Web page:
ULEMCo, the hydrogen commercial vehicle conversion company, and its partners have agreed to the designs for the zero-emission ambulance of the future. Named ZERRO, or Zero Emission Rapid Response Operations, it will be the first hydrogen-fuelled ambulance for the London Ambulance Service NHS Trust (LAS) delivered by autumn this year.
The project is being funded by the Office for Zero-Emission Vehicles (OZEV) and is now progressing to the prototype build stage. The prototype incorporates a hydrogen fuel cell range extender with an electric drive, low frame chassis, and bespoke lightweight ambulance body designed and manufactured by Woodall Nicholson Group’s Mellor, Promech Technologies, and VCS Limited.
Its features include the innovations such as a low access floor that removes the need for patient lifting equipment and a frame-based body that ensures that the overall weight of the vehicle can meet the payload requirements of the service. The ZERRO vehicle will have the ability to haul a payload of at least 900 kg. The hydrogen tank and most of the power electronics are mounted within the roof section.
The prototype will be powered by a combination of a 30kW fuel cell provided by Ballard, with 8kg of on-board hydrogen storage and a 400V 92kWh battery. According to the company, the ZERRO ambulance can reach the top speed of 90 mph (145 km/h) and an average daily range of 200 miles (322 km).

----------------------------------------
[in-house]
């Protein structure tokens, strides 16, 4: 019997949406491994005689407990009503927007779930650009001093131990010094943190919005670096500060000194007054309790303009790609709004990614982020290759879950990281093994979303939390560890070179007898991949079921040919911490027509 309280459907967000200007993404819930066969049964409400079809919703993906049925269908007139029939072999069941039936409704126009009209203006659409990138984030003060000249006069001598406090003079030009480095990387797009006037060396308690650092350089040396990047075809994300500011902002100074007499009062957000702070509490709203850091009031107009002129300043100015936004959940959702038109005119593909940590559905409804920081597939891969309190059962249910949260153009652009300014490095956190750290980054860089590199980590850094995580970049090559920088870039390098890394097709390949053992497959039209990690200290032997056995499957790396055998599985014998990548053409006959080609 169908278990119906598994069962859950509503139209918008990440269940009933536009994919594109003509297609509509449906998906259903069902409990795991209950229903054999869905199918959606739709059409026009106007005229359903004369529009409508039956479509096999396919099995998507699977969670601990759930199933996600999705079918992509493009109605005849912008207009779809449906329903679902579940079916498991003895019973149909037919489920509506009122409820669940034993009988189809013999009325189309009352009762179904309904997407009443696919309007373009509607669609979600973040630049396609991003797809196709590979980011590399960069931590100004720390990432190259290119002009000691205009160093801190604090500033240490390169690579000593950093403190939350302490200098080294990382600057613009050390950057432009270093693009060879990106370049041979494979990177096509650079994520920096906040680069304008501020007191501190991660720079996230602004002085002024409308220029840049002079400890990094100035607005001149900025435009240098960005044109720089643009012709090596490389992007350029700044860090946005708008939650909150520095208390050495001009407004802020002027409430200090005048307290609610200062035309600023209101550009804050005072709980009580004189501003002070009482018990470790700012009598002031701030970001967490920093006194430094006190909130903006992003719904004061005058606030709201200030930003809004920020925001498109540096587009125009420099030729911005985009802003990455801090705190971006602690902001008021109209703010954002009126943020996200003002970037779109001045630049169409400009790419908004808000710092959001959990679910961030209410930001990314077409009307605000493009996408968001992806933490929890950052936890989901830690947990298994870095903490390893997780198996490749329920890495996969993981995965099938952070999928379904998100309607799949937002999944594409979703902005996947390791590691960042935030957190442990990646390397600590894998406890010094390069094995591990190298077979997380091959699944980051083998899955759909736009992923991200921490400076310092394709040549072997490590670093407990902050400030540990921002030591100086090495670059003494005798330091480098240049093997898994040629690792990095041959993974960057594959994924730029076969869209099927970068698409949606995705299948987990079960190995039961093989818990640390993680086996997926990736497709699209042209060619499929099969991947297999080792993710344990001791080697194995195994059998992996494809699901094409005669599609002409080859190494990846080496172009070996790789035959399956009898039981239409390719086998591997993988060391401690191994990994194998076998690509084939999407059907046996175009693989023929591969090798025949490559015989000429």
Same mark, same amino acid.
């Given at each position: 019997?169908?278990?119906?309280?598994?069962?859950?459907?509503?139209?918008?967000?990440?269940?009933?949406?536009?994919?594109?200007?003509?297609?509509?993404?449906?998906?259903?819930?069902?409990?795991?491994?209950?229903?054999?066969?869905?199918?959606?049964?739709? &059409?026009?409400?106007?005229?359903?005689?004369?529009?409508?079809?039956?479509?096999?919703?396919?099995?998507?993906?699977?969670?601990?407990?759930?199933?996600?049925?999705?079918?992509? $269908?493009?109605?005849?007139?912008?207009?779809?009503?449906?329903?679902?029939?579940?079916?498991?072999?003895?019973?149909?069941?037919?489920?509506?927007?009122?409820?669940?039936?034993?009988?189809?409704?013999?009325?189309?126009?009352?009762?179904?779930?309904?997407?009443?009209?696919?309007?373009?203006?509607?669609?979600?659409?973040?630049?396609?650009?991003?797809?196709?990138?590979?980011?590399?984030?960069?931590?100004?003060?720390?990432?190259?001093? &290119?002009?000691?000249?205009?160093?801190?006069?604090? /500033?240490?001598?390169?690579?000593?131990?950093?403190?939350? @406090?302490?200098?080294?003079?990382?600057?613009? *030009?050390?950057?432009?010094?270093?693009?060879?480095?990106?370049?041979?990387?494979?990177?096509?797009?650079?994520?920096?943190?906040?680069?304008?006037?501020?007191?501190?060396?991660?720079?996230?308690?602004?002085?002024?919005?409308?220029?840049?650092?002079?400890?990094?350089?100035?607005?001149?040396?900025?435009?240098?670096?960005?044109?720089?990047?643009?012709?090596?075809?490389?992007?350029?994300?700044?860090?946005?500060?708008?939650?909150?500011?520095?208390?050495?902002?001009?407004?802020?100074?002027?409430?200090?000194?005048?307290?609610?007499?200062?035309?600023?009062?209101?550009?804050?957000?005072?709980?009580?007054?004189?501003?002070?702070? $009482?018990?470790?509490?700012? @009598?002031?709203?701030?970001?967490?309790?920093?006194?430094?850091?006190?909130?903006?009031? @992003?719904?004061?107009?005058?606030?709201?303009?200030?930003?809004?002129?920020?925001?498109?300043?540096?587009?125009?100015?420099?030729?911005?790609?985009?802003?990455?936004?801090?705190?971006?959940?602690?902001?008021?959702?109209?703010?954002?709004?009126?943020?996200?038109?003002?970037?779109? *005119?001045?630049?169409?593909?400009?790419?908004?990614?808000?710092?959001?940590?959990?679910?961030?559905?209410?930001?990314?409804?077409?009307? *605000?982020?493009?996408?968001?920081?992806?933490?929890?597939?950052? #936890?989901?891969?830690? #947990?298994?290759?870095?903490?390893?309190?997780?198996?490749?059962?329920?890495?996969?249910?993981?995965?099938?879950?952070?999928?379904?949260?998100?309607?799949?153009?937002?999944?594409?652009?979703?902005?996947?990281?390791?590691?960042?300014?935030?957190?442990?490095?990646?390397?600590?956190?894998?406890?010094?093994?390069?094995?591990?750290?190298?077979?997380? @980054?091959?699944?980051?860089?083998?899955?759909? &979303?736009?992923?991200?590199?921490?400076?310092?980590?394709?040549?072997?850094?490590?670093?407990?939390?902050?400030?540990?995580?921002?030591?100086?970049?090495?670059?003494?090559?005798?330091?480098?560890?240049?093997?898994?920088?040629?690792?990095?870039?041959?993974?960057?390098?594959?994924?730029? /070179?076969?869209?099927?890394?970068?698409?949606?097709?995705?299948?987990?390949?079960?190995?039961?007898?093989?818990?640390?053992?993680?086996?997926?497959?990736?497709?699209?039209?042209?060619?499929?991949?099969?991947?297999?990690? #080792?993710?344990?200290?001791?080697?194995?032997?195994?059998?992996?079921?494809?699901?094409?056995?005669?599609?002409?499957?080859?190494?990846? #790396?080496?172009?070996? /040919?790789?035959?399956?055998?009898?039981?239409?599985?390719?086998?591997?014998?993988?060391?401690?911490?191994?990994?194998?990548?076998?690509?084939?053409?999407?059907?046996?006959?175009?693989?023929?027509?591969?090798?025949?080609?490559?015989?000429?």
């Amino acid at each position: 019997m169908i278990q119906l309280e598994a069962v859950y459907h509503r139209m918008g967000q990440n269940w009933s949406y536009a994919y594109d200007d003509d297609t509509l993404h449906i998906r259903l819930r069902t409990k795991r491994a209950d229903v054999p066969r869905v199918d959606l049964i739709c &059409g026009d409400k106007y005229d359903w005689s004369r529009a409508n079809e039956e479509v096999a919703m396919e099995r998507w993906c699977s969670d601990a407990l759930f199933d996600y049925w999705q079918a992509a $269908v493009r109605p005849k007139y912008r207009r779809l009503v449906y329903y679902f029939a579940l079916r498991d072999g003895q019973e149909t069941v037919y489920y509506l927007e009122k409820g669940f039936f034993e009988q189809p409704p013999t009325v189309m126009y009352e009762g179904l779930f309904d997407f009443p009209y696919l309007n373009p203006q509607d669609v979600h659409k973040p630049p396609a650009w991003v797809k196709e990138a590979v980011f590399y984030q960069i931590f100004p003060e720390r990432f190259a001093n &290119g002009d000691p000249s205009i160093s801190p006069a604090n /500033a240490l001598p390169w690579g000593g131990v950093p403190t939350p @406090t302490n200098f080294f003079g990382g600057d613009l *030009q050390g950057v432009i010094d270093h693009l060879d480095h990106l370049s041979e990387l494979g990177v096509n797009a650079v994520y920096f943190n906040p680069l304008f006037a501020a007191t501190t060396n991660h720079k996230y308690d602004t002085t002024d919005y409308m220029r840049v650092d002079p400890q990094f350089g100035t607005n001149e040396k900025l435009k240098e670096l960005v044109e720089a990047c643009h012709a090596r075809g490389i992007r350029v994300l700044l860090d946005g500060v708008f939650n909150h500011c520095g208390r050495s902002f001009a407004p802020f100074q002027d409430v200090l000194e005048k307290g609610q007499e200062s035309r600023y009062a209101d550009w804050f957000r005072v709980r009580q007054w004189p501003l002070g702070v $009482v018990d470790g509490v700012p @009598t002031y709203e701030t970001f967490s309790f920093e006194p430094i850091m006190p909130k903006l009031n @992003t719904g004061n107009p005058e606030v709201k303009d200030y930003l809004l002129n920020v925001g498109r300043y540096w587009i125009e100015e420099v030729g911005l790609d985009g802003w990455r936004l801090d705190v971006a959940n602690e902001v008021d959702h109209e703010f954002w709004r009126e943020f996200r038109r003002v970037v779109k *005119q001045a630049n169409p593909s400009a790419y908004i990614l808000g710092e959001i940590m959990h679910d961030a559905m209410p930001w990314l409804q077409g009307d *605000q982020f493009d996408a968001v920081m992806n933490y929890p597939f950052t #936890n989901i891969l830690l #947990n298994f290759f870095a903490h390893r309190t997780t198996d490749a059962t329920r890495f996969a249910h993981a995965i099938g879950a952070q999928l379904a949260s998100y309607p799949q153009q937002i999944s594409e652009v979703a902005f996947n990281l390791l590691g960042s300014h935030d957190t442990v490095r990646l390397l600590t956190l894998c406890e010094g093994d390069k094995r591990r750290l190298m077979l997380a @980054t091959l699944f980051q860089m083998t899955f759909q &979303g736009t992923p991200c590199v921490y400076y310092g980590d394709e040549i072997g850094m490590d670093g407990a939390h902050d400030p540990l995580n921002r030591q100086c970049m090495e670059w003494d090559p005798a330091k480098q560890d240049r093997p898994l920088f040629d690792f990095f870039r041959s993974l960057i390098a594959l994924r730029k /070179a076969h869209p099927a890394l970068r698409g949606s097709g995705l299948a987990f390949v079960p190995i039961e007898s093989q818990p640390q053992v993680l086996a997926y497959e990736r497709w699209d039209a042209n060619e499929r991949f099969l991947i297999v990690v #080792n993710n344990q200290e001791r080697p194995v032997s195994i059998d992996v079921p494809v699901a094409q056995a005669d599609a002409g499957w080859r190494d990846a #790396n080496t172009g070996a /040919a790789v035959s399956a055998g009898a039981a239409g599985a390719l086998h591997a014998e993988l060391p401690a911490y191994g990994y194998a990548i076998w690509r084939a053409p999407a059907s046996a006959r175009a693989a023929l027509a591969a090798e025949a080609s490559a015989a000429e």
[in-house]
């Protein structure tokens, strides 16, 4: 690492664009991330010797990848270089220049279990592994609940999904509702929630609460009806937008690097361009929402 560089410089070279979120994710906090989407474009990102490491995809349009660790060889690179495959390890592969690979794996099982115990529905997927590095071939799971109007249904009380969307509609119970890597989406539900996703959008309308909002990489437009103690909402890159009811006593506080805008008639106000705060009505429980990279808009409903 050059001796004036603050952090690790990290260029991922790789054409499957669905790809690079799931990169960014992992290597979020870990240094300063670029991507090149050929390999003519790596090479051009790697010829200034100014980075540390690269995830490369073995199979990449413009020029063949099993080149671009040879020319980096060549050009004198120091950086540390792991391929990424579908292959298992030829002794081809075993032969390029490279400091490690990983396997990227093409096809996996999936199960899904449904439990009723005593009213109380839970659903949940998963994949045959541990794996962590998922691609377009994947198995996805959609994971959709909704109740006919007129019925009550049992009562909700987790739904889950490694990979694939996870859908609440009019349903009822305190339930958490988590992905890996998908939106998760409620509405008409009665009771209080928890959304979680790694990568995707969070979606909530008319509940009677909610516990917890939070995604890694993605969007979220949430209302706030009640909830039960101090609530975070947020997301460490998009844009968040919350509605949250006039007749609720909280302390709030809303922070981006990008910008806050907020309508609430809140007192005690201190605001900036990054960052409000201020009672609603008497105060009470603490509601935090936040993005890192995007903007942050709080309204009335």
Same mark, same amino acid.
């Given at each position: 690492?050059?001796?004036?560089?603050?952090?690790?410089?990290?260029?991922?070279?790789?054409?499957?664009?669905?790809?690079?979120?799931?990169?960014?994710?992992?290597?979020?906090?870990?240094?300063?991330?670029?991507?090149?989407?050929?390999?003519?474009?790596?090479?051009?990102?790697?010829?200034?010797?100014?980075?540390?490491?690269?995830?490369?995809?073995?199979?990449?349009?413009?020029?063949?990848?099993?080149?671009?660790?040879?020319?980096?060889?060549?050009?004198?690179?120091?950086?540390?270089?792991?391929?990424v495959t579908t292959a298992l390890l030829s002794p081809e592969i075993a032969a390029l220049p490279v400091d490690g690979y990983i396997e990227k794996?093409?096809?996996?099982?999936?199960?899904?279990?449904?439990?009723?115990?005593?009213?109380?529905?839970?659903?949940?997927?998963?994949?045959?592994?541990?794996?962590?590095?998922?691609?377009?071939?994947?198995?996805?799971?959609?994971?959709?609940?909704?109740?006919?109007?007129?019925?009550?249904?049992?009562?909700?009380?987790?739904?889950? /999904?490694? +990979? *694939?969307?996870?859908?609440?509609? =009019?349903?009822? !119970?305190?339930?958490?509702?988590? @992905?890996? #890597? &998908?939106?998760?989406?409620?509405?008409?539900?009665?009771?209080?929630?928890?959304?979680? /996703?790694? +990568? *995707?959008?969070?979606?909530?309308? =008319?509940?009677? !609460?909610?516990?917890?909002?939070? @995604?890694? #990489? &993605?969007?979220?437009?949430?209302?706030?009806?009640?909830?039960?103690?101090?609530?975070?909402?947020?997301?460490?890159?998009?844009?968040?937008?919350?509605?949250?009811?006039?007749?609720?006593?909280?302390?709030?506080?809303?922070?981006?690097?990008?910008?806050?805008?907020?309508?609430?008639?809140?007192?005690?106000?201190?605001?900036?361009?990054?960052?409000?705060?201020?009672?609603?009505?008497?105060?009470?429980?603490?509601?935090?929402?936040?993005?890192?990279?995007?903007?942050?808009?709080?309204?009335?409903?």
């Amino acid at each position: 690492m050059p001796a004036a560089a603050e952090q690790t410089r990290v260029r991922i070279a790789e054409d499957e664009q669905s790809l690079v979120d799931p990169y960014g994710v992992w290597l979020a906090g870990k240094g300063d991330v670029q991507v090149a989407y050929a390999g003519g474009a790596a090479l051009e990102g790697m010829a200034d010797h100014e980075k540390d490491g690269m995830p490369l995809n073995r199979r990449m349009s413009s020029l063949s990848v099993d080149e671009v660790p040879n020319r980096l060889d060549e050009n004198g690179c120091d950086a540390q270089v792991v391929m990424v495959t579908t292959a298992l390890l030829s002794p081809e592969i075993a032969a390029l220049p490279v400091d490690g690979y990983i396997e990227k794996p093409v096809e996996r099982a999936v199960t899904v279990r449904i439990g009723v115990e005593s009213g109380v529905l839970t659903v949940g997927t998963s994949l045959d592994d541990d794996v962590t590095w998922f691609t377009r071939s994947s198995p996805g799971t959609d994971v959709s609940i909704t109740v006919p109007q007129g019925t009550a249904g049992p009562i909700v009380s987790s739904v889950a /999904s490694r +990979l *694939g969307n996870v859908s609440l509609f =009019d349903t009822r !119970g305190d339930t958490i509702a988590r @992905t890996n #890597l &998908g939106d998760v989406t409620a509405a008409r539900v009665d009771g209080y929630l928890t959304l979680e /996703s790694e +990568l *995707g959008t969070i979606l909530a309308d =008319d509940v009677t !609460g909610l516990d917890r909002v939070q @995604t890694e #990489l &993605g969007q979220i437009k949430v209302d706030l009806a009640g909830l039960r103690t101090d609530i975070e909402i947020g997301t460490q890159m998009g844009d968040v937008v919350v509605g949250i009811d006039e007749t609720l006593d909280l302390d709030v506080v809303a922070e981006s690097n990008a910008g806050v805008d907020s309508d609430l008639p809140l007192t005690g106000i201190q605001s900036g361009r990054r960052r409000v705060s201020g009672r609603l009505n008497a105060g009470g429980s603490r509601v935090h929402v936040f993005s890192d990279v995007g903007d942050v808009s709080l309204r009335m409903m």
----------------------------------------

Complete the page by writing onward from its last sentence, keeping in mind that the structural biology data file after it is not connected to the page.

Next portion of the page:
Other project partners, Lyra Electronics will bring their specialist DC-DC electronics capability, and Ocado with their experience of light-weighting and experience of the practical use of electric vehicles.
“Given the energy need of the NHS ambulance duty cycle, it seems clear that hydrogen fuel is needed to provide both the range and vehicle availability for emergency response requirements,” said Amanda Lyne, Managing Director of ULEMCo.
“This project is a key part of our strategy for a zero-emission fleet, to support the NHS aim to be the world’s first net-zero national health service, and to meet or exceed the clean air requirements in London,” added Chris Rutherford, Head of Fleet Strategy & Transformation at LAS.